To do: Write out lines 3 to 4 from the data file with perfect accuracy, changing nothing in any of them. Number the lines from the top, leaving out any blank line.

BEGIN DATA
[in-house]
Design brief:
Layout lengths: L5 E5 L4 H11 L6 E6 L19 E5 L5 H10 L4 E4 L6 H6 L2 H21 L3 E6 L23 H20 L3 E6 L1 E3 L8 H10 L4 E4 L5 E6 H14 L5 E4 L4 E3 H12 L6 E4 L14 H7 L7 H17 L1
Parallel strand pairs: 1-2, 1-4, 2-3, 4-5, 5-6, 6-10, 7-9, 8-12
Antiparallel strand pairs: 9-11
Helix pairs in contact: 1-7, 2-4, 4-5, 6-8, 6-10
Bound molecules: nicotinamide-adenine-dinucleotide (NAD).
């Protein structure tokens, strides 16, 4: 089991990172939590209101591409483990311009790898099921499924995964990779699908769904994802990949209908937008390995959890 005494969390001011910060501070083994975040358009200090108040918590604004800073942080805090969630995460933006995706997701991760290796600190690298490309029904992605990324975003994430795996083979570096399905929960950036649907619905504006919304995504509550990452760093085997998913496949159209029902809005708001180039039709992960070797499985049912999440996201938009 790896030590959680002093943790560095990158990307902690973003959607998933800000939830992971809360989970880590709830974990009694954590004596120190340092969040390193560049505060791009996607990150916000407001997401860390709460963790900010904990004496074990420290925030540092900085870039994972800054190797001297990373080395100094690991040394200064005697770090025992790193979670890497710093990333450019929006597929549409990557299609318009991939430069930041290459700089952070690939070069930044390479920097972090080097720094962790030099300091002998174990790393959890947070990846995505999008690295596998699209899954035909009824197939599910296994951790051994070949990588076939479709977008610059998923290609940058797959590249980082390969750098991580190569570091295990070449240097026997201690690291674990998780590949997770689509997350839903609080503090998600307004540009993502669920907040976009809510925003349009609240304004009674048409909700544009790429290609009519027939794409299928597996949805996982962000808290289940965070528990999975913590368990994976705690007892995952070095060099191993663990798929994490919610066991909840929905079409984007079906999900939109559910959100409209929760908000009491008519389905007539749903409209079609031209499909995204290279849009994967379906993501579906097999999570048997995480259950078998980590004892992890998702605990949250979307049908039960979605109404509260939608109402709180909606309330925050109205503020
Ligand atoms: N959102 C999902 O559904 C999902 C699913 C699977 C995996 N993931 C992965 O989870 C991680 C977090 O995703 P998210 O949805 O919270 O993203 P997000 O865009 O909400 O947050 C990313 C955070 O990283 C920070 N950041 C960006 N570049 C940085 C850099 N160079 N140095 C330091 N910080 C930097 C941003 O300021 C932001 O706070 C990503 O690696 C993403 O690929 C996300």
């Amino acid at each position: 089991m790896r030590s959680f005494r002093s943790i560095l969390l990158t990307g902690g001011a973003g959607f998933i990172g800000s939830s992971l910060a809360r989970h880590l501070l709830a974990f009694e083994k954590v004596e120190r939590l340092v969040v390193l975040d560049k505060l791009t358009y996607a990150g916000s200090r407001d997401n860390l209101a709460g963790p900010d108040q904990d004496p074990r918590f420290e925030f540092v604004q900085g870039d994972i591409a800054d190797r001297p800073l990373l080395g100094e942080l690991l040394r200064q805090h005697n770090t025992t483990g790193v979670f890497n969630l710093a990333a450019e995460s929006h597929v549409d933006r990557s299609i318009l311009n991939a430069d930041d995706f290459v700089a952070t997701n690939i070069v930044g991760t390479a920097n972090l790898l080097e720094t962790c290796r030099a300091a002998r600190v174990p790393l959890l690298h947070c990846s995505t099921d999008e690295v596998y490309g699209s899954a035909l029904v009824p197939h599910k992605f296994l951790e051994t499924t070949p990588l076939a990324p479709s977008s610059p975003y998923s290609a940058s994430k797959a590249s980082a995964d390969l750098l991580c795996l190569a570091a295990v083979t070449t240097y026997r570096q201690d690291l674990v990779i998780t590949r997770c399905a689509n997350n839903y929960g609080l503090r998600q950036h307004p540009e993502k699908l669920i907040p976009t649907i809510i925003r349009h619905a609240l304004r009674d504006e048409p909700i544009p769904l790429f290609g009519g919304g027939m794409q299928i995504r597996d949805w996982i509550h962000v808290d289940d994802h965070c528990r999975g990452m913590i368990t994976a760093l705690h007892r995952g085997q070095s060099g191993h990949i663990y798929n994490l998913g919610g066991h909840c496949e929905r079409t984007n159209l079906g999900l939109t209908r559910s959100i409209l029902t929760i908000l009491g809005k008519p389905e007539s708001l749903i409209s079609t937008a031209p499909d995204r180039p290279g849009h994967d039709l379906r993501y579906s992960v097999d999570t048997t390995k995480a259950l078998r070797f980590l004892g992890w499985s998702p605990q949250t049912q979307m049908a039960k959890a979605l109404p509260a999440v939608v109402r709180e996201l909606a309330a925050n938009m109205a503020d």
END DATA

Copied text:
Layout lengths: L5 E5 L4 H11 L6 E6 L19 E5 L5 H10 L4 E4 L6 H6 L2 H21 L3 E6 L23 H20 L3 E6 L1 E3 L8 H10 L4 E4 L5 E6 H14 L5 E4 L4 E3 H12 L6 E4 L14 H7 L7 H17 L1
Parallel strand pairs: 1-2, 1-4, 2-3, 4-5, 5-6, 6-10, 7-9, 8-12